tagErotic HorrorA Village Vampire Ch. 01

A Village Vampire Ch. 01



I knocked quietly on the door and it opened almost instantly. The girl who opened it took a step back allowing me to step past into the hallway. My gaze had locked on her the second the door had opened. Fortunately our eyes had met and so connected to her I was able to walk past her without fear.

"Are we alone?" I asked as I walked slowly through to her lounge. I could smell her blood and I fought to control my breathing. Be calm I told myself.

"Yes," she replied.

"And you are not expecting any callers, your mum or your boyfriend?" I continued. I scanned the lounge; impressed by the décor and pleased to see there was no one else around.

"No," she replied.

I turned briefly to look at her. I smiled appreciating how pretty she was and how her long legs and slim body offered wondrous opportunities for the time we would spend together. Even wearing scruffy jeans and a tea shirt she looked hot and I felt the bulge in my trousers growing. For my first solo hunt I had made a good choice.

Turning back I walked over to the large window covering the back wall of the lounge. The glass went from floor to ceiling suggesting the view would be spectacular. I looked out. Her apartment was high up and so I could look out over the city at night. The lights outside mingled with both my reflection and hers bouncing back off the glass.

"Go and change. Put something on that I will like. Something I will enjoy taking off you." I said to her reflection and I watched myself smile back as she turned without a word and disappeared.

Looking back into the window I studied my reflection and wondered how people had ever thought vampires cast no reflection. Vampire, I dwelt on the word. How had it come to this?

First a short cut to disaster

How had it come to this? I thought back of the events of the past couple of months and how so much had changed for me.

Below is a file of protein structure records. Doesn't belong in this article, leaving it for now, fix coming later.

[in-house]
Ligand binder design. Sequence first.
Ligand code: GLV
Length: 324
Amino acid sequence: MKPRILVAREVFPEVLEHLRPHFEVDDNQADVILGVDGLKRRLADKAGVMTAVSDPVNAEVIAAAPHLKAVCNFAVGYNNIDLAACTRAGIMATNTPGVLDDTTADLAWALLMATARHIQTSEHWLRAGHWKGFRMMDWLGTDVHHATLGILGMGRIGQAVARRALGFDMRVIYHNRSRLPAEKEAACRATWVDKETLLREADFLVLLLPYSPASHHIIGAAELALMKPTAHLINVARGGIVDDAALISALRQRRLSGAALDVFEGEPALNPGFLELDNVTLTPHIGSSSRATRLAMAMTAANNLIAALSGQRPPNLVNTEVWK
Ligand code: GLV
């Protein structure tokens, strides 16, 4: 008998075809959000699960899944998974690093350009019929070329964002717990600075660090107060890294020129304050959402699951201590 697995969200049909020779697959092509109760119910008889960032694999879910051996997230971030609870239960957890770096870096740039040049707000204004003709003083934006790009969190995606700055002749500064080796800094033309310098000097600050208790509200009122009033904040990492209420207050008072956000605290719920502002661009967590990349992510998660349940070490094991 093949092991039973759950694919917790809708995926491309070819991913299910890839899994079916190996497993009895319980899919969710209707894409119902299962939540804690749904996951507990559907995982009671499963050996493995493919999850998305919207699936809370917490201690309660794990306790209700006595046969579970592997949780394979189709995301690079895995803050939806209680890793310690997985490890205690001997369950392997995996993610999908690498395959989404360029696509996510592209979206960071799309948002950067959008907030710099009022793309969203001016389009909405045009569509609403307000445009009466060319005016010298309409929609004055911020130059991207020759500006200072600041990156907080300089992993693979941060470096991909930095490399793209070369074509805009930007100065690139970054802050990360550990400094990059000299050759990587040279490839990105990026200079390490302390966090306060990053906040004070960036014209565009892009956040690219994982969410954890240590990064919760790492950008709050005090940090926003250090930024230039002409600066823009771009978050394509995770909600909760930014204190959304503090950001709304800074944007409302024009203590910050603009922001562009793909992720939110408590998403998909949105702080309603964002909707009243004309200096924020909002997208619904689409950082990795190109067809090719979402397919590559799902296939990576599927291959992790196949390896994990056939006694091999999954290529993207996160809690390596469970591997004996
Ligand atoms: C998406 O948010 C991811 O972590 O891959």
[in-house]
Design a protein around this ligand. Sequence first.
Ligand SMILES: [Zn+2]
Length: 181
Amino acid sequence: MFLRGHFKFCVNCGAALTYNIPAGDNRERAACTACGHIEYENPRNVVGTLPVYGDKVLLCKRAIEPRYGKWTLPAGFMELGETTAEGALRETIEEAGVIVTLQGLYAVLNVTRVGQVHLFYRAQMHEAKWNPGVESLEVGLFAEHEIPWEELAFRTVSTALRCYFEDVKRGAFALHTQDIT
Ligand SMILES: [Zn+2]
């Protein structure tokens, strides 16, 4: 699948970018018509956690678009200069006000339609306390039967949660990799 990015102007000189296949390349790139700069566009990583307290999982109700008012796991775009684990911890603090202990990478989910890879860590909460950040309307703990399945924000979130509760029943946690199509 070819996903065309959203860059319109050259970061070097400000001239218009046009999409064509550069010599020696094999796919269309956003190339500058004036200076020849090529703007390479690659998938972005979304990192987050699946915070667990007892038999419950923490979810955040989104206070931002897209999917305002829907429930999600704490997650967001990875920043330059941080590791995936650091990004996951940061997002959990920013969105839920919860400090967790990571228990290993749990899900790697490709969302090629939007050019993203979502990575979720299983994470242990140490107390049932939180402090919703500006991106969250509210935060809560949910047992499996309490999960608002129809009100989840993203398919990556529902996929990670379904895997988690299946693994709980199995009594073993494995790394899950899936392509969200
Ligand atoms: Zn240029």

My name is or was Mark Greenson. I had lived a pretty boring life in a typical English village. A village where nothing happened and I was nothing special. I had a few friends. I had the occasional girlfriend. It was a happy life, well sort of.

Okay I have to admit it was pretty stupid to cut through the playing fields at 1am on a Saturday morning but I had done it from time to time for years. Understand I live in one of the safest areas in the country. Its not like the other options were much better they all were dark and quiet routes too. The walk through the playing fields saved 15 minutes. I would be in bed a quarter of an hour faster. When you have had a night out, are tired, and yes a little drunk all you want to do is get home. 15 minutes means a lot. You know I am right. On this particular night it wasn't even going to be that dark. There was a full-moon lighting the way for me.

Walking from the train station I had not seen a soul. A few times in the past I have helped hapless travellers who had got off the train expecting a town and taxis. Confused they would walk up and down looking for civilisation. I would grin to myself then help by explaining where they were and offer to call them a cab. If confronted by a damsel in distress I would be gallant and offer to wait with her. At this station there was nothing it was two miles from the village and very quiet.

On this night however there had been no fellow travellers lost or otherwise and I had started the walk without seeing another soul. The couple of miles along the roads to the playing fields had been the same. A few houses had lights on but at that time the good residents of the villages would be sleeping in their beds. The odd dog had barked. A barking dog always startled me. Dogs had always terrified me after one had decided to bite me on the leg when I was about five.

"Don't worry son he won't hurt you," the owner had said about 5 seconds before his dog's teeth pierced my skin and I screamed in pain. "Oh god he has never done that before," the owner said over and over, but by then it was too late. The die was cast and for my whole life dogs would terrify me. So even years on a simple bark brought that all back and I would strain to hear if the barking dog was now chasing me. Of course it never did.